U.S. Open: A Masterpiece at Pinehurst Is Hosting Again

The No. 2 course at the country club is a gem by the architect Donald Ross. This is its fourth Open.

Golf is a game where coincidence and chance can lift or deflate even the most skilled players. Those at this week’s U.S. Open at the Pinehurst Resort & Country Club’s No. 2 course will certainly get good and bad breaks in the native areas off the fairways; the same holds true for the bounces their balls will take around the greens.

But chance played a big role in the very creation of the course by the architect Donald Ross that became the United States Golf Association’s first anchor site in 2020 for the U.S. Open. (That means every five years the club will host the national championship.)

In 1899, Ross was working at Royal Dornoch Golf Club in Scotland, wrote Lee Pace, the author of “The Golden Age of Pinehurst: The Story of the Rebirth of No. 2.” After hearing a golfer from Boston talk about how quickly golf was growing in the United States, Ross and another club employee decided they both wanted to go to America. But someone needed to stay in Dornoch to keep that club running.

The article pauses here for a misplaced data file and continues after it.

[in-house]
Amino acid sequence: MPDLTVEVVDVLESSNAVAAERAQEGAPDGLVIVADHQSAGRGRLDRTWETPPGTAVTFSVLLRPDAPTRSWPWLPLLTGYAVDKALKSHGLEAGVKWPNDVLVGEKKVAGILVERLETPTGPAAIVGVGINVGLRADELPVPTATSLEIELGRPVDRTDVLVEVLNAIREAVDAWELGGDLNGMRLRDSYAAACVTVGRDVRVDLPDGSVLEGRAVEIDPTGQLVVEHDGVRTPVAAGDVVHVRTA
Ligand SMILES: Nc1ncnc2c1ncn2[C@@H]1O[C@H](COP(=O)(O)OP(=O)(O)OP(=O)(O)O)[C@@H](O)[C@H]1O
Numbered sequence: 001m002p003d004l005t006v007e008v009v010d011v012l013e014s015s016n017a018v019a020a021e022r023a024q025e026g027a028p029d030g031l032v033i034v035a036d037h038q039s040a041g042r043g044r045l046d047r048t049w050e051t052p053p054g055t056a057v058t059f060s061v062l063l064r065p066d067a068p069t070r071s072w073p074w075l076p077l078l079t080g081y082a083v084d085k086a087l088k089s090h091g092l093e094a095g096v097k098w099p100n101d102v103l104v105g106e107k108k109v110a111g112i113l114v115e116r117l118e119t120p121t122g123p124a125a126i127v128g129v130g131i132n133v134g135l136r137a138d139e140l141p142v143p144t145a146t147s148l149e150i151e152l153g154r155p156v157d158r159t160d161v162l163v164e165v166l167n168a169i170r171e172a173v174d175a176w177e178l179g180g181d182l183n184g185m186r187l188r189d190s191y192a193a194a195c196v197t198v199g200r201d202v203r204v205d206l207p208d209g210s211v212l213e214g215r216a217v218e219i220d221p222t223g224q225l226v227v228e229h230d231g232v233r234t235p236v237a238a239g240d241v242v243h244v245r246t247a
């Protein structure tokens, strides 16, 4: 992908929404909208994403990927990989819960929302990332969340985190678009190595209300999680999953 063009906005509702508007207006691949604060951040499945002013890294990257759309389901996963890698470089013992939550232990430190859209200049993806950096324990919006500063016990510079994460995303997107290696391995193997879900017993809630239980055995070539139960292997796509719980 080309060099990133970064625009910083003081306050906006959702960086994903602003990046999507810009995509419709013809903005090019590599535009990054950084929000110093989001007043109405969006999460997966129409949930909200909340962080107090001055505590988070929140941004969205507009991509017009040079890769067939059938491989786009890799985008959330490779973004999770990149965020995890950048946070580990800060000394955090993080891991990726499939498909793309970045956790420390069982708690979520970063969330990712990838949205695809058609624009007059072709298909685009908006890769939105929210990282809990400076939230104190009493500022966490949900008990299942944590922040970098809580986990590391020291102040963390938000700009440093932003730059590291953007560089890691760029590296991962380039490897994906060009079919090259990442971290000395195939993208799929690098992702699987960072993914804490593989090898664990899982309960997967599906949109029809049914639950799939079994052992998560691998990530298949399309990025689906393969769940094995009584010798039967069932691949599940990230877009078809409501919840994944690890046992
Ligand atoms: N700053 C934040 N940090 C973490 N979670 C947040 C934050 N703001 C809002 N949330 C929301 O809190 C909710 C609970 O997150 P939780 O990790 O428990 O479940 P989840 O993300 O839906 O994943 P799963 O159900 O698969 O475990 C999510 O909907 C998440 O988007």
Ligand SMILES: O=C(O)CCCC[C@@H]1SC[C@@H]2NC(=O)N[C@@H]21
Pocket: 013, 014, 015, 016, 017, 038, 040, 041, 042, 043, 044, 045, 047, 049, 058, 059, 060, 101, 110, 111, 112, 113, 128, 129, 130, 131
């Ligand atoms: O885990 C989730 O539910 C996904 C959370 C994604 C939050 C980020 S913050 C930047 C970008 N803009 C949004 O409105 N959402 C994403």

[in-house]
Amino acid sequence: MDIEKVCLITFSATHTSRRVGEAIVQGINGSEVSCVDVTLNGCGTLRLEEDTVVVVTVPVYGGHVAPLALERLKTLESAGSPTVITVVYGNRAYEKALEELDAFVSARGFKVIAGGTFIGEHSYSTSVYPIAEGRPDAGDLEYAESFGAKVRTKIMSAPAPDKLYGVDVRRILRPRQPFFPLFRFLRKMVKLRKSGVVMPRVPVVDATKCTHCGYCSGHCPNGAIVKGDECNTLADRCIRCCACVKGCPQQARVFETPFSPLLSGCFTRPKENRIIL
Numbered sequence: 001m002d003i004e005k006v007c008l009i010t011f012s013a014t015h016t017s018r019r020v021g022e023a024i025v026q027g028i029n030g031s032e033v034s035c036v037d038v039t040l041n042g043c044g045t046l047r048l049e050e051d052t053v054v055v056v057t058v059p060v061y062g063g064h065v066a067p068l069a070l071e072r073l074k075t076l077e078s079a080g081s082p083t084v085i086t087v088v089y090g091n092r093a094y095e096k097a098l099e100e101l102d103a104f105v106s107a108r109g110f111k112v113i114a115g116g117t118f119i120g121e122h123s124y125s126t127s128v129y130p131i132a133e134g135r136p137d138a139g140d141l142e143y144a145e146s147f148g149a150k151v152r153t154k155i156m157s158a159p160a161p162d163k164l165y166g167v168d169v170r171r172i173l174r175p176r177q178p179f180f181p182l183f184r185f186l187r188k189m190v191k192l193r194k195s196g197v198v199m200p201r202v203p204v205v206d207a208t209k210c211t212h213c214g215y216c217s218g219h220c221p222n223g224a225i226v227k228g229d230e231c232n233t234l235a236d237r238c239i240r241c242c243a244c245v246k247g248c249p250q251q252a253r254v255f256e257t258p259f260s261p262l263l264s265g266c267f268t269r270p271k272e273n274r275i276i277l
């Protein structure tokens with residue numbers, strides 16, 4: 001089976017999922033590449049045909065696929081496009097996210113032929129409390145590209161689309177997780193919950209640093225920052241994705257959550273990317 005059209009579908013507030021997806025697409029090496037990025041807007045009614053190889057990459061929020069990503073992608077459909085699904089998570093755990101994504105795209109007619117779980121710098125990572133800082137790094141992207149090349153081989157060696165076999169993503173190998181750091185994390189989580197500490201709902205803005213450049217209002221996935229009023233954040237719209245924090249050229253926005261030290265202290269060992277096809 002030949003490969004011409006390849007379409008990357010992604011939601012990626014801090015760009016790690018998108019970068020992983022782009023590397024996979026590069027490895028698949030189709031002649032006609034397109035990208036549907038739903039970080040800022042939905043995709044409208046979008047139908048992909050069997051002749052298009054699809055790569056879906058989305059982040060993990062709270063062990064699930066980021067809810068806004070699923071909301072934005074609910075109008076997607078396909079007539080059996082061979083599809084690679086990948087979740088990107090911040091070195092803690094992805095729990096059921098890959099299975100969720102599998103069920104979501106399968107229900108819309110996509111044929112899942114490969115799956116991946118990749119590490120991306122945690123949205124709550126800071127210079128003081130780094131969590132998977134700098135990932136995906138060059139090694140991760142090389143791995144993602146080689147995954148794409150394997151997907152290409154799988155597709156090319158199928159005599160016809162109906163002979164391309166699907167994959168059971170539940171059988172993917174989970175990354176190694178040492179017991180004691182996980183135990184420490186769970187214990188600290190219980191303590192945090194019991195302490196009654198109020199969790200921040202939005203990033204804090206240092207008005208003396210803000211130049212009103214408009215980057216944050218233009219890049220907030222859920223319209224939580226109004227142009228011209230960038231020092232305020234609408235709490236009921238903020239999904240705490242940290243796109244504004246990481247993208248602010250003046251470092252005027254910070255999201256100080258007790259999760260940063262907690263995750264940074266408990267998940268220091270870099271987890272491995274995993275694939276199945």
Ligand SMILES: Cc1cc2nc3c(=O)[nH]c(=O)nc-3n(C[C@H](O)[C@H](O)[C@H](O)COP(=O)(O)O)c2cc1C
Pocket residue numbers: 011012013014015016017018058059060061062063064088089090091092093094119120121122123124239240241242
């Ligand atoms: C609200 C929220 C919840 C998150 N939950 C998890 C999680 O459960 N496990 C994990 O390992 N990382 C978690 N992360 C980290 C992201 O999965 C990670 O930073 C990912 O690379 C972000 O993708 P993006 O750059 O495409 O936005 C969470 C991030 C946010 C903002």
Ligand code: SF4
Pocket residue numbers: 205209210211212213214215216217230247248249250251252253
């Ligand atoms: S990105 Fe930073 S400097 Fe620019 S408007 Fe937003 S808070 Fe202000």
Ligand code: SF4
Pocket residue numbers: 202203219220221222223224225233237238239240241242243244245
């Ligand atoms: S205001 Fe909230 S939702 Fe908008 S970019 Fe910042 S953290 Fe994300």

So the two friends figured there was only one fair way to decide who would go to America and who would stay in Scotland: a coin toss.

Ross won the flip and emigrated, arriving in Boston. There he began working at a local golf course that was near the home of James Tufts, the founder of Pinehurst Resort & Country Club. In 1900, Tufts hired Ross to work at Pinehurst in the winter when the course in Massachusetts would be closed. With that chance assignment, so began Ross’s love of the North Carolina sandhills, which he said reminded him of his home in Dornoch.

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Source: Golf -


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